UHRW supports Convention-compliant ICRIR

Victim of terrorism support organisation, Ulster Human Rights Watch, has written to Hilary Benn, Labour MP, Michael O’Flaherty, Commissioner for Human Rights at the Council of Europe and Christos Giakoumoloulos, Director General of Human Rights and Rule of Law at the Council of Europe, urging them to continue supporting the newly established Independent Commission for Reconciliation and Information Recovery (ICRIR).

UHRW said it held the view that since the Dillon v. Secretary of State judgement rendered by the High Court in Belfast on 28 February this year, the immunity provisions in the Act were declared incompatible with the Convention. The Court also confirmed that the ICRIR has the power to deal with historical investigations in a Convention-compliant way. Therefore it has the potential to deliver positive outcomes for innocent victims of terrorism in a more effective way than under the Stormont House Agreement proposals.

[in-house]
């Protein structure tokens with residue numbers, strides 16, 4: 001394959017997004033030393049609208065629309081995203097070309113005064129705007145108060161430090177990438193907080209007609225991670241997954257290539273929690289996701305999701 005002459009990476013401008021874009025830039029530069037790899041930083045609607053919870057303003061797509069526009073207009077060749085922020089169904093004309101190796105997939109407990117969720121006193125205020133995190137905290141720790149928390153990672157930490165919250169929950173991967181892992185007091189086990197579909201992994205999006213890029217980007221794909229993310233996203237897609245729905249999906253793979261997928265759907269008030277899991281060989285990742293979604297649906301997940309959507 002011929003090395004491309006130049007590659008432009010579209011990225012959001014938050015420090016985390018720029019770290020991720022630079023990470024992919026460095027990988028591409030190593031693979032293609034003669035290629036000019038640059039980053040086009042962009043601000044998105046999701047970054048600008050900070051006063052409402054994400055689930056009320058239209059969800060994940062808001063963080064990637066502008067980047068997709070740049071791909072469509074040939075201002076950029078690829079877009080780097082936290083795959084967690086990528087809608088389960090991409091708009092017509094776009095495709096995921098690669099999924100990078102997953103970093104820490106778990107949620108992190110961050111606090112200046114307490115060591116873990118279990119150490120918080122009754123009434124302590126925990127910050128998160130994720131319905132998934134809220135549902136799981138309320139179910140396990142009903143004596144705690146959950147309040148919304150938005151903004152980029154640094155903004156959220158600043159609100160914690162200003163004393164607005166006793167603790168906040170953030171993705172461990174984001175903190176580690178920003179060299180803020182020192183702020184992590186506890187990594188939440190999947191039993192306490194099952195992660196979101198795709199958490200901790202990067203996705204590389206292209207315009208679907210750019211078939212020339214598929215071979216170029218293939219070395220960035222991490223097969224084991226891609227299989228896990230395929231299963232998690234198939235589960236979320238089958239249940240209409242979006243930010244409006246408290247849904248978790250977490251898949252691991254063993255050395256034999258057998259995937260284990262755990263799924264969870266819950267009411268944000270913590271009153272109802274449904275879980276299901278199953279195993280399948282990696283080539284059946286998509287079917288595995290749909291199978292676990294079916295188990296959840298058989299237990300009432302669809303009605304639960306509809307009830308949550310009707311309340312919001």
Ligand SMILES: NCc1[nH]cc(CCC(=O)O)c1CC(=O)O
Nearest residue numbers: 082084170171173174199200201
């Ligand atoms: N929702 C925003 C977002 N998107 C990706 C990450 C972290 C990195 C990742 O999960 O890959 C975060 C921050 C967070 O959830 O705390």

The Lurgan-based human rights body said it had engaged with the Chief Commissioner for the ICRIR, former Lord Chief Justice of Northern Ireland, Sir Declan Morgan, and made a number of recommendations for its Operational Design with a view to positively contributing to the operation of the agency, which is in the process of being considered and addressed.

This is a welcome and positive step, since UHRW’s responsibility is to make representations so as to advise and guide on what is required to address the needs of victims of terrorism with a view to delivering for them as far as possible truth, justice and acknowledgement.